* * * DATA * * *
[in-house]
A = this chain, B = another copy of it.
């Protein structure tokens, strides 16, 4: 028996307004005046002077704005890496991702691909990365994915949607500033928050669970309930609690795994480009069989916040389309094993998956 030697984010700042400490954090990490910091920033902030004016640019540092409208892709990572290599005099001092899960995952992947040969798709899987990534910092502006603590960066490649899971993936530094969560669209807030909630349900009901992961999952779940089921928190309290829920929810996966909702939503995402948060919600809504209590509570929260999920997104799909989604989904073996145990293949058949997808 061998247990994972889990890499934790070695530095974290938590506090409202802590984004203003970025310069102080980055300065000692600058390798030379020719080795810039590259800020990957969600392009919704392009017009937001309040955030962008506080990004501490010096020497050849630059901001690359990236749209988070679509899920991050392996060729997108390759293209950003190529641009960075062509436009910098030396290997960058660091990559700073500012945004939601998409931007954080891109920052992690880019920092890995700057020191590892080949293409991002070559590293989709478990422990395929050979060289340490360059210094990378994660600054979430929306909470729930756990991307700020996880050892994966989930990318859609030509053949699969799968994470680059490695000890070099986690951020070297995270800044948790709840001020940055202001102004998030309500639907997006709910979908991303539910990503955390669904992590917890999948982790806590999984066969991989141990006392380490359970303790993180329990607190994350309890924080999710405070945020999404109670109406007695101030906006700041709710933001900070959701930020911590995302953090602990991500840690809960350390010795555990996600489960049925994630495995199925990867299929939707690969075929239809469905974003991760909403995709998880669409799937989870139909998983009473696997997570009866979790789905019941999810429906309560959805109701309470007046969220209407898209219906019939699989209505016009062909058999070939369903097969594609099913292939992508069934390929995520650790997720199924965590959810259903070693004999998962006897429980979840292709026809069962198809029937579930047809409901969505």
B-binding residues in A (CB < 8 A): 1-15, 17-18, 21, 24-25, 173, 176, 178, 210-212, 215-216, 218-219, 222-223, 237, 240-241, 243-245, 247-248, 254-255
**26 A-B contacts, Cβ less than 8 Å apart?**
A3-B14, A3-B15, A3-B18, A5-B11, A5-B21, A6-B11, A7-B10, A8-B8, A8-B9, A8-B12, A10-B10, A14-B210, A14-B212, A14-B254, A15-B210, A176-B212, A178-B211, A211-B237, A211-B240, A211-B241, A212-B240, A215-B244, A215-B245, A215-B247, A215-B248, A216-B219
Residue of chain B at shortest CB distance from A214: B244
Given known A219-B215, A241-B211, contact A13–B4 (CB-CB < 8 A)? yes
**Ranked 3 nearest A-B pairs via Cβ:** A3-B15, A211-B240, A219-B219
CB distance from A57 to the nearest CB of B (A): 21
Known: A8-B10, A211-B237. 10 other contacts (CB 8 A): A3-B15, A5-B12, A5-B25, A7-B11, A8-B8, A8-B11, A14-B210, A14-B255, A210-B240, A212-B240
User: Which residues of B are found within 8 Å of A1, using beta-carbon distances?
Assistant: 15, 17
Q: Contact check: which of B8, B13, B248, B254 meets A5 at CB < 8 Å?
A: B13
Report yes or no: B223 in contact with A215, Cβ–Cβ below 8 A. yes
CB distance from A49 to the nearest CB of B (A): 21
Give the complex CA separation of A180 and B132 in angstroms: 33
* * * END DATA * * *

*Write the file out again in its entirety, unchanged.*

[in-house]
A = this chain, B = another copy of it.
């Protein structure tokens, strides 16, 4: 028996307004005046002077704005890496991702691909990365994915949607500033928050669970309930609690795994480009069989916040389309094993998956 030697984010700042400490954090990490910091920033902030004016640019540092409208892709990572290599005099001092899960995952992947040969798709899987990534910092502006603590960066490649899971993936530094969560669209807030909630349900009901992961999952779940089921928190309290829920929810996966909702939503995402948060919600809504209590509570929260999920997104799909989604989904073996145990293949058949997808 061998247990994972889990890499934790070695530095974290938590506090409202802590984004203003970025310069102080980055300065000692600058390798030379020719080795810039590259800020990957969600392009919704392009017009937001309040955030962008506080990004501490010096020497050849630059901001690359990236749209988070679509899920991050392996060729997108390759293209950003190529641009960075062509436009910098030396290997960058660091990559700073500012945004939601998409931007954080891109920052992690880019920092890995700057020191590892080949293409991002070559590293989709478990422990395929050979060289340490360059210094990378994660600054979430929306909470729930756990991307700020996880050892994966989930990318859609030509053949699969799968994470680059490695000890070099986690951020070297995270800044948790709840001020940055202001102004998030309500639907997006709910979908991303539910990503955390669904992590917890999948982790806590999984066969991989141990006392380490359970303790993180329990607190994350309890924080999710405070945020999404109670109406007695101030906006700041709710933001900070959701930020911590995302953090602990991500840690809960350390010795555990996600489960049925994630495995199925990867299929939707690969075929239809469905974003991760909403995709998880669409799937989870139909998983009473696997997570009866979790789905019941999810429906309560959805109701309470007046969220209407898209219906019939699989209505016009062909058999070939369903097969594609099913292939992508069934390929995520650790997720199924965590959810259903070693004999998962006897429980979840292709026809069962198809029937579930047809409901969505």
B-binding residues in A (CB < 8 A): 1-15, 17-18, 21, 24-25, 173, 176, 178, 210-212, 215-216, 218-219, 222-223, 237, 240-241, 243-245, 247-248, 254-255
**26 A-B contacts, Cβ less than 8 Å apart?**
A3-B14, A3-B15, A3-B18, A5-B11, A5-B21, A6-B11, A7-B10, A8-B8, A8-B9, A8-B12, A10-B10, A14-B210, A14-B212, A14-B254, A15-B210, A176-B212, A178-B211, A211-B237, A211-B240, A211-B241, A212-B240, A215-B244, A215-B245, A215-B247, A215-B248, A216-B219
Residue of chain B at shortest CB distance from A214: B244
Given known A219-B215, A241-B211, contact A13–B4 (CB-CB < 8 A)? yes
**Ranked 3 nearest A-B pairs via Cβ:** A3-B15, A211-B240, A219-B219
CB distance from A57 to the nearest CB of B (A): 21
Known: A8-B10, A211-B237. 10 other contacts (CB 8 A): A3-B15, A5-B12, A5-B25, A7-B11, A8-B8, A8-B11, A14-B210, A14-B255, A210-B240, A212-B240
User: Which residues of B are found within 8 Å of A1, using beta-carbon distances?
Assistant: 15, 17
Q: Contact check: which of B8, B13, B248, B254 meets A5 at CB < 8 Å?
A: B13
Report yes or no: B223 in contact with A215, Cβ–Cβ below 8 A. yes
CB distance from A49 to the nearest CB of B (A): 21
Give the complex CA separation of A180 and B132 in angstroms: 33